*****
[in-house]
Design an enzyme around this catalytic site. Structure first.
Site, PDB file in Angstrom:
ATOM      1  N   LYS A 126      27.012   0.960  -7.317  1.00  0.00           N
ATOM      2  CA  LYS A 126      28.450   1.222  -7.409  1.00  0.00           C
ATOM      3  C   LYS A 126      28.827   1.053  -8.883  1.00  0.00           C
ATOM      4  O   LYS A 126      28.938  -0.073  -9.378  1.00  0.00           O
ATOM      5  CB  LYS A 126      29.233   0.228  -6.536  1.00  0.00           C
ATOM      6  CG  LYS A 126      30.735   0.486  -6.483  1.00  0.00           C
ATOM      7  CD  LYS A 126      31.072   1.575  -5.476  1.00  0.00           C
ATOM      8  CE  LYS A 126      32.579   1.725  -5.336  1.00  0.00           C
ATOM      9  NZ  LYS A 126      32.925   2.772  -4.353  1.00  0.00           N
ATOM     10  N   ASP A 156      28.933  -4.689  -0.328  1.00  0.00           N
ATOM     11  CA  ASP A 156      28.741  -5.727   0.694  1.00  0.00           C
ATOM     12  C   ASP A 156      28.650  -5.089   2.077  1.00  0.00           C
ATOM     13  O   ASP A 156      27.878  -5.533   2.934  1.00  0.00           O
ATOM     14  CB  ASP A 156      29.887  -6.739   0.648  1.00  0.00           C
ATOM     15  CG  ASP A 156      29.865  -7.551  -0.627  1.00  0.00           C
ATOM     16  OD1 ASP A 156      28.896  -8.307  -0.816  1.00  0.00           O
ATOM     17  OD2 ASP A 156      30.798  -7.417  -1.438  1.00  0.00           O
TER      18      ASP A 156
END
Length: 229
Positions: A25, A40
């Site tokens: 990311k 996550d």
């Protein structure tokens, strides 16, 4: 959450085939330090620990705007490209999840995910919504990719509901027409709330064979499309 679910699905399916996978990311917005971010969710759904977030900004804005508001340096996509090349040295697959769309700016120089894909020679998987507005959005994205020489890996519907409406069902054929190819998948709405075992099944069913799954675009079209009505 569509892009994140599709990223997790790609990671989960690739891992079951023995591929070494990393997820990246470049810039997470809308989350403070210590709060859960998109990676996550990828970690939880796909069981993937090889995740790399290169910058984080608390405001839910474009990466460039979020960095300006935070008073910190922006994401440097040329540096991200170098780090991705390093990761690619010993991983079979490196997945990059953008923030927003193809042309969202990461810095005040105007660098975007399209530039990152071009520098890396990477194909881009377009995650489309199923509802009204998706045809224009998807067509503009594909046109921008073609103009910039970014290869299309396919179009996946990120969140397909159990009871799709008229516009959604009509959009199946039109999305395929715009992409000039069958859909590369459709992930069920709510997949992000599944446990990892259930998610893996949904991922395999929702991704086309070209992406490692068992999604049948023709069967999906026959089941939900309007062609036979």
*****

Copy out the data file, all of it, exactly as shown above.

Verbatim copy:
[in-house]
Design an enzyme around this catalytic site. Structure first.
Site, PDB file in Angstrom:
ATOM      1  N   LYS A 126      27.012   0.960  -7.317  1.00  0.00           N
ATOM      2  CA  LYS A 126      28.450   1.222  -7.409  1.00  0.00           C
ATOM      3  C   LYS A 126      28.827   1.053  -8.883  1.00  0.00           C
ATOM      4  O   LYS A 126      28.938  -0.073  -9.378  1.00  0.00           O
ATOM      5  CB  LYS A 126      29.233   0.228  -6.536  1.00  0.00           C
ATOM      6  CG  LYS A 126      30.735   0.486  -6.483  1.00  0.00           C
ATOM      7  CD  LYS A 126      31.072   1.575  -5.476  1.00  0.00           C
ATOM      8  CE  LYS A 126      32.579   1.725  -5.336  1.00  0.00           C
ATOM      9  NZ  LYS A 126      32.925   2.772  -4.353  1.00  0.00           N
ATOM     10  N   ASP A 156      28.933  -4.689  -0.328  1.00  0.00           N
ATOM     11  CA  ASP A 156      28.741  -5.727   0.694  1.00  0.00           C
ATOM     12  C   ASP A 156      28.650  -5.089   2.077  1.00  0.00           C
ATOM     13  O   ASP A 156      27.878  -5.533   2.934  1.00  0.00           O
ATOM     14  CB  ASP A 156      29.887  -6.739   0.648  1.00  0.00           C
ATOM     15  CG  ASP A 156      29.865  -7.551  -0.627  1.00  0.00           C
ATOM     16  OD1 ASP A 156      28.896  -8.307  -0.816  1.00  0.00           O
ATOM     17  OD2 ASP A 156      30.798  -7.417  -1.438  1.00  0.00           O
TER      18      ASP A 156
END
Length: 229
Positions: A25, A40
């Site tokens: 990311k 996550d």
């Protein structure tokens, strides 16, 4: 959450085939330090620990705007490209999840995910919504990719509901027409709330064979499309 679910699905399916996978990311917005971010969710759904977030900004804005508001340096996509090349040295697959769309700016120089894909020679998987507005959005994205020489890996519907409406069902054929190819998948709405075992099944069913799954675009079209009505 569509892009994140599709990223997790790609990671989960690739891992079951023995591929070494990393997820990246470049810039997470809308989350403070210590709060859960998109990676996550990828970690939880796909069981993937090889995740790399290169910058984080608390405001839910474009990466460039979020960095300006935070008073910190922006994401440097040329540096991200170098780090991705390093990761690619010993991983079979490196997945990059953008923030927003193809042309969202990461810095005040105007660098975007399209530039990152071009520098890396990477194909881009377009995650489309199923509802009204998706045809224009998807067509503009594909046109921008073609103009910039970014290869299309396919179009996946990120969140397909159990009871799709008229516009959604009509959009199946039109999305395929715009992409000039069958859909590369459709992930069920709510997949992000599944446990990892259930998610893996949904991922395999929702991704086309070209992406490692068992999604049948023709069967999906026959089941939900309007062609036979």